As the peace talks progress slowly, UN mediator Lakhdar Brahimi has said he does not expect to achieve “anything substantive” in the first round of talks before they conclude on Friday [BBC]. He added, however, that “the ice is breaking slowly.” The timeframe for the second round of negotiations will be decided tomorrow, which Brahimi hoped would be “more structured and hopefully more productive.”

The New York Times (Anne Barnard) notes how in an unexpected development, the Syrian opposition “came across as relatively cool and professional,” while the government officials faltered at the talks. The regime often ignored the meeting agenda and time limits for speeches, and “by some accounts, embarrass[ed] their Russian allies.”

Afghanistan

According to a report of the Special Inspector General for Afghanistan Reconstruction, to be published today, the Afghan ministries cannot be counted on to keep U.S. aid from being stolen or wasted [New York Times’ Matthew Rosenberg and Azam Ahmed]. The conclusions reportedly “raise new questions about the efficacy and wisdom of giving huge amounts of aid directly to a government known for corruption.”

The New York Times (Thom Shanker) reports that American and NATO military plans reflect the uncertainty over their future in Afghanistan. The militaries have drawn up plans to deploy a force this year that is tailored to conduct a training mission in 2015, but is also small enough to withdraw if no deal is finalized, according to alliance officials.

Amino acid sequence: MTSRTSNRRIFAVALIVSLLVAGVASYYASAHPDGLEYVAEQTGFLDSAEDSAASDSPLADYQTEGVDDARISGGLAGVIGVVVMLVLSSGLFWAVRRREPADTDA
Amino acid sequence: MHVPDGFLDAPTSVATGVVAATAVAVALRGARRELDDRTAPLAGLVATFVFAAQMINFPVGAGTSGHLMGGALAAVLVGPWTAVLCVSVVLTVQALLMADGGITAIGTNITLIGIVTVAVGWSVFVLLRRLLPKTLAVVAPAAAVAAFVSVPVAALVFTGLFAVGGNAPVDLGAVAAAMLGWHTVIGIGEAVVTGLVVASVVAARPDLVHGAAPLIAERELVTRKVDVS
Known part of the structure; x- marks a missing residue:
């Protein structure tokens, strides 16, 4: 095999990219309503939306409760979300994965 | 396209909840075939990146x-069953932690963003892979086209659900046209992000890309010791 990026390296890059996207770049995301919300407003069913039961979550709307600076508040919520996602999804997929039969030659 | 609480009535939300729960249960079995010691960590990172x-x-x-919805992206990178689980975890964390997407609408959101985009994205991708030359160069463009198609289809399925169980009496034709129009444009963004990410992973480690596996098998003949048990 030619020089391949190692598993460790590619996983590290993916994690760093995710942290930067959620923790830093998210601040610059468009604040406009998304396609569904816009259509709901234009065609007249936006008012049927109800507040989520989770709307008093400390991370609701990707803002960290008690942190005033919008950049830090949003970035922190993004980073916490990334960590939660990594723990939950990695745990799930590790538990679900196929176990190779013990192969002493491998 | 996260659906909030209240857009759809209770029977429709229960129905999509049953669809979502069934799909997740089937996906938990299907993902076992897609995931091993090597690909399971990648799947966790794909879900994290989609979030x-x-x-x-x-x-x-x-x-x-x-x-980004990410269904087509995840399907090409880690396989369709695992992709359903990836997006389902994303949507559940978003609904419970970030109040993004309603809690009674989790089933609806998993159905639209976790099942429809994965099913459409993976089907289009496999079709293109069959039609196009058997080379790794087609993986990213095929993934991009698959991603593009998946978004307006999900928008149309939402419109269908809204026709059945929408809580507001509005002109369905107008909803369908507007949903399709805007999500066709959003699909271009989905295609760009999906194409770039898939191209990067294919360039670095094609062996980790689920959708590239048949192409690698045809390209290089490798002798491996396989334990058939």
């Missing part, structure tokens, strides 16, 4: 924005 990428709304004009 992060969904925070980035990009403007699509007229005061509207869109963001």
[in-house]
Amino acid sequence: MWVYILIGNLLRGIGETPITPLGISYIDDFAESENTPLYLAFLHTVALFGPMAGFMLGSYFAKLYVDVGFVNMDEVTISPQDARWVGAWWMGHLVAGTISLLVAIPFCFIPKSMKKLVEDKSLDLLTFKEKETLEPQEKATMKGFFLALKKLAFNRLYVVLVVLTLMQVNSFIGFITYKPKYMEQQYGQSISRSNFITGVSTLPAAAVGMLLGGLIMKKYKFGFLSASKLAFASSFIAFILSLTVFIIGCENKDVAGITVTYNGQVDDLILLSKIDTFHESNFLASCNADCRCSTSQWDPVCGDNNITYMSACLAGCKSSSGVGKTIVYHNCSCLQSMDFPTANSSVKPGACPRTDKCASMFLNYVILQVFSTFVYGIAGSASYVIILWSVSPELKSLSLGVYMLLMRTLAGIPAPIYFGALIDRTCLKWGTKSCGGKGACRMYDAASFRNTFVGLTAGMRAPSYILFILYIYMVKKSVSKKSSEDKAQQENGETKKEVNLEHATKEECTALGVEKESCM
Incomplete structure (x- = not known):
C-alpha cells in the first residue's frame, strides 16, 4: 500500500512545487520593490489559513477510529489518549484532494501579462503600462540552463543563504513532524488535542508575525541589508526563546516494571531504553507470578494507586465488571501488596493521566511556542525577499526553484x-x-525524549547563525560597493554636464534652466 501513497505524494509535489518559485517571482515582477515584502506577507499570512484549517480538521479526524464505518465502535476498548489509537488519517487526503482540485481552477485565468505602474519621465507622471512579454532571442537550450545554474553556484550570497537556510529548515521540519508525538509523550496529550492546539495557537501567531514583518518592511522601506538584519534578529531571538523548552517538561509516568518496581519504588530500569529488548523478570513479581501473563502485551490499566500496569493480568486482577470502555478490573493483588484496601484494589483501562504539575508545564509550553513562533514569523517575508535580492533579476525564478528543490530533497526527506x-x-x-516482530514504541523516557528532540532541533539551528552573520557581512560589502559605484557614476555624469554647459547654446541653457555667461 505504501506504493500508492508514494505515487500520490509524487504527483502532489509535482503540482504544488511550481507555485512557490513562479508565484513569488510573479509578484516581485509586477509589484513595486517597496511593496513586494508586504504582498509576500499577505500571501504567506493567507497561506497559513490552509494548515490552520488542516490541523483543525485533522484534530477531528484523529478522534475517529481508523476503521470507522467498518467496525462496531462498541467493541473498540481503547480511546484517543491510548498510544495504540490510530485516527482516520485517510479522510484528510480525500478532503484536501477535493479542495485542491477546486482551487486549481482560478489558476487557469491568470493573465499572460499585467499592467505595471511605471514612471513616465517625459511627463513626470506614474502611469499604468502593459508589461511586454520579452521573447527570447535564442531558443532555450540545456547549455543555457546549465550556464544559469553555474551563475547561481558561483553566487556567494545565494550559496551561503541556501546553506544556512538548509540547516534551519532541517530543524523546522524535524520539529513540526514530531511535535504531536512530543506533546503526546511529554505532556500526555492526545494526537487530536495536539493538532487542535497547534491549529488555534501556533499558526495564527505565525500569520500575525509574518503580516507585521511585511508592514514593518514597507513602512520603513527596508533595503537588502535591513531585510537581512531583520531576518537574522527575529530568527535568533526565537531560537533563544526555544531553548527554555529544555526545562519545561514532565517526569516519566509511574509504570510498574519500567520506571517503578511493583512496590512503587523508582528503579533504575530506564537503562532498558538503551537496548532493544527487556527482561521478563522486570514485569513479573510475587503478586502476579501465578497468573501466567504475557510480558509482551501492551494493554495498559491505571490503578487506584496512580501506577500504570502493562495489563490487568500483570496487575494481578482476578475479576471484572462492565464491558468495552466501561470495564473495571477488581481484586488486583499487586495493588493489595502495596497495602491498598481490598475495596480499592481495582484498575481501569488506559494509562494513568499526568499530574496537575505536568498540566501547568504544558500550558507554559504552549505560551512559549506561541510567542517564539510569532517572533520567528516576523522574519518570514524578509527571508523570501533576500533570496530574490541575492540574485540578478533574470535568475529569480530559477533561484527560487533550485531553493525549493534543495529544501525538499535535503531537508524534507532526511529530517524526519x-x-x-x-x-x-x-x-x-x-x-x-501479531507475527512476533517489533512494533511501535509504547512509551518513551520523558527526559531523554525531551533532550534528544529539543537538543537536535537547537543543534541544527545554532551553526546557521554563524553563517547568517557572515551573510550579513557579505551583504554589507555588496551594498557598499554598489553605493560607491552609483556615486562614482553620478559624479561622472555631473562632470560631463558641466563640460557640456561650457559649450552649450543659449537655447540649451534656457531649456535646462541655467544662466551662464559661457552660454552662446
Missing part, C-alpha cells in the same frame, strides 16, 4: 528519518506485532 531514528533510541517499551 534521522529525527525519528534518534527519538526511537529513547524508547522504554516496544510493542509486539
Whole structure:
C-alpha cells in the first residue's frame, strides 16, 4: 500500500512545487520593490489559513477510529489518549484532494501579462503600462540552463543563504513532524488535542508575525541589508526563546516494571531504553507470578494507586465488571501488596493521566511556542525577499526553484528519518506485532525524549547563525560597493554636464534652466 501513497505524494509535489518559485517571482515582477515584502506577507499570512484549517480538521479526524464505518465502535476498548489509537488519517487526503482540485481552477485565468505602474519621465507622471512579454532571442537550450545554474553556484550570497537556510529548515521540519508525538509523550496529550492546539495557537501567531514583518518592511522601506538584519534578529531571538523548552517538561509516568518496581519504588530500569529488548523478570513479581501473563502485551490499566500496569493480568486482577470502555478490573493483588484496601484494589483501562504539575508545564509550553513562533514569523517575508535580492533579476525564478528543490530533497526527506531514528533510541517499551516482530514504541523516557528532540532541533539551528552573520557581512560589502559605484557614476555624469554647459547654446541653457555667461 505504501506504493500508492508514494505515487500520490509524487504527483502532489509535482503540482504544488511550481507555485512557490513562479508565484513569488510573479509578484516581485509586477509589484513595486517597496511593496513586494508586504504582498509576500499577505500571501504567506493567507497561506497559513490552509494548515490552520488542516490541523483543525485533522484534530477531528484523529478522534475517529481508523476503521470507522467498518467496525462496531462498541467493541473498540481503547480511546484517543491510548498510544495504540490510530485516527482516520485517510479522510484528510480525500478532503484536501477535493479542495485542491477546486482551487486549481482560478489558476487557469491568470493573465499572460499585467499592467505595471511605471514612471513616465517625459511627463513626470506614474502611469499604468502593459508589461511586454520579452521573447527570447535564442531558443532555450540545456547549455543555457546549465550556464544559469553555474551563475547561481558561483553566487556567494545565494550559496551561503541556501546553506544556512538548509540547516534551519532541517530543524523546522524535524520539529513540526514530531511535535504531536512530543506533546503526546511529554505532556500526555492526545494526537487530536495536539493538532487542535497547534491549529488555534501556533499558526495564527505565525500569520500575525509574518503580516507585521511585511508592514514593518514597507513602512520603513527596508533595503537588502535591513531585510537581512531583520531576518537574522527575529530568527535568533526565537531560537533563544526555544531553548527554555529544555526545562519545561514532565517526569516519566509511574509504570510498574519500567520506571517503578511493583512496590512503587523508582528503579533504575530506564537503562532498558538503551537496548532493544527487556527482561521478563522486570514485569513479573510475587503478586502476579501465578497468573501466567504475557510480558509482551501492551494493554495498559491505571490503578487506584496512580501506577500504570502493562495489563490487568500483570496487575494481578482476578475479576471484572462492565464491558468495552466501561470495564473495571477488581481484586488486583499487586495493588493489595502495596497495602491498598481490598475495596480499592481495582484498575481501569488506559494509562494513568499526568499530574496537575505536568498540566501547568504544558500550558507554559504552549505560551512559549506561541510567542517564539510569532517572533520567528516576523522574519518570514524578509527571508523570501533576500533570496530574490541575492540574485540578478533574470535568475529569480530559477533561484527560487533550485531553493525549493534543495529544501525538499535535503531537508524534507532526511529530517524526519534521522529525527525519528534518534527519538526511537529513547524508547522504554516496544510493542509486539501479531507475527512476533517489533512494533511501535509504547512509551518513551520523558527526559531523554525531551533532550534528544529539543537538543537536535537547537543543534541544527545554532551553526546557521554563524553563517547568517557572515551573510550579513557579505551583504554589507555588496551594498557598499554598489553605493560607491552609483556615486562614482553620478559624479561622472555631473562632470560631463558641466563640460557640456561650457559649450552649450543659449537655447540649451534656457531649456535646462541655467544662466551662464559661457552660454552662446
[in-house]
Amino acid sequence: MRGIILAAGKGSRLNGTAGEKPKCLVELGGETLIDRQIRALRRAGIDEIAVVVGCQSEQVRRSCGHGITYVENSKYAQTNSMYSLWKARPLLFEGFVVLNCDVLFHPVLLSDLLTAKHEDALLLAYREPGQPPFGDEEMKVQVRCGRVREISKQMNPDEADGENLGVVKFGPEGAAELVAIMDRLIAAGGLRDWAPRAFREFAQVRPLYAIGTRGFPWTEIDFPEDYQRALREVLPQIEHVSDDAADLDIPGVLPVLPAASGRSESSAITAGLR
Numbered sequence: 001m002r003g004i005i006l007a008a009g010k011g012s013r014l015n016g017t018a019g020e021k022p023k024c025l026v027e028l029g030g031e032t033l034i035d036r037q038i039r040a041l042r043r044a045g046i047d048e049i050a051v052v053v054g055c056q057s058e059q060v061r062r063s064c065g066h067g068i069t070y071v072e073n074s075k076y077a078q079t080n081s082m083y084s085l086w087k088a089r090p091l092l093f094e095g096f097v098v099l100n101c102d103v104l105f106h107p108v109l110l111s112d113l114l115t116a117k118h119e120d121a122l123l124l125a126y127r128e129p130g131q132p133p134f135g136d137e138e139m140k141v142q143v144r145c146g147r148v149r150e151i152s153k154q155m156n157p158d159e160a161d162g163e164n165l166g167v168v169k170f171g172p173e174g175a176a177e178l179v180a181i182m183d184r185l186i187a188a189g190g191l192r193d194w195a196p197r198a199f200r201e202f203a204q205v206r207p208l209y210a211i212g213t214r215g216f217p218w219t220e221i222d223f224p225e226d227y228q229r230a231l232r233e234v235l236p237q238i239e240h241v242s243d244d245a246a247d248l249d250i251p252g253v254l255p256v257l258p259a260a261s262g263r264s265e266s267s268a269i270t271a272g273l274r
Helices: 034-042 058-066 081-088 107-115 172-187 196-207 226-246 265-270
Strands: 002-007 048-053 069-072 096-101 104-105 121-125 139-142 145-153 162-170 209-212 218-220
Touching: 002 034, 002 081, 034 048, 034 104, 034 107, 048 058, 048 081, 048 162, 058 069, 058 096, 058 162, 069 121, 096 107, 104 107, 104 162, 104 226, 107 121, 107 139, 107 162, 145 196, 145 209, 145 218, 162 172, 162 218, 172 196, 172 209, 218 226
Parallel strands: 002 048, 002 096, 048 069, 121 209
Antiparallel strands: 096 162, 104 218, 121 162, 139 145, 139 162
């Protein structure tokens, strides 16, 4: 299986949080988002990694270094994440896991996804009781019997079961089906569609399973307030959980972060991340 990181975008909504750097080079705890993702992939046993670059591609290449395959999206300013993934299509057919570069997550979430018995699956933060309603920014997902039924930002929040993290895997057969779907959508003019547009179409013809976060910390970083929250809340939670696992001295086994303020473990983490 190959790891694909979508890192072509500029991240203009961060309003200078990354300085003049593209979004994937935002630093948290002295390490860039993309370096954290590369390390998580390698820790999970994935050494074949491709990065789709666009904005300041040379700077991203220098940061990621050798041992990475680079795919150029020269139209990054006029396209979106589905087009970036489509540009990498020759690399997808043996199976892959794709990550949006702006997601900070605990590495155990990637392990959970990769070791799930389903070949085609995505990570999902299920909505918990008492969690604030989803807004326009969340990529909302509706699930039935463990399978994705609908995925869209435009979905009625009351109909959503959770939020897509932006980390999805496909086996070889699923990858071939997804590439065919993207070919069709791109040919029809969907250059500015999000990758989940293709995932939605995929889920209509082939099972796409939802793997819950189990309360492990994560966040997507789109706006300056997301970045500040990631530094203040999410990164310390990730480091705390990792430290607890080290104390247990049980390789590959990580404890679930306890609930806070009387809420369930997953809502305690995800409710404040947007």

The Wall Street Journal (Yaroslav Trofimov) covers how the growing rift between the U.S. and Afghanistan “has empowered hard-line Taliban commanders at the expense of more moderate leaders who had pushed for peace talks, further reducing the prospect of a negotiated settlement to the 12-year war.”

The Taliban has claimed responsibility for a suicide attack in Eastern Afghanistan this morning, which killed two police officers and injured others [AP].

The Washington Post editorial board argues that President Obama’s State of the Union address fell short on Afghanistan. The editorial notes that in failing to make the case why it is in the national interest for U.S. troops to remain in Afghanistan, Obama is “undermining a major national security interest.”

Other developments

The New York Times (Michael R. Gordon) reports that the U.S. has informed NATO allies that Russia has tested a new ground-launched cruise missile, possibly in violation of the 1987 Intermediate-Range Nuclear Forces Treaty between the countries. According to officials, the State Department has raised the tests with Russian officials, who consider the matter to be closed upon investigation.

On the issue of security at the Sochi Winter Olympics, Matthew Olsen, Director of the National Counterterrorism Center, told the Senate Intelligence Committee that that “greater threat is to softer targets in the greater Sochi area, and in the outskirts … where there is a substantial potential for a terrorist attack” [AP’s Lolita C. Baldor]. And Russian officials state that they have identified two suicide bombers responsible for last month’s attacks in Volgograd, and have arrested two suspected accomplices [Reuters].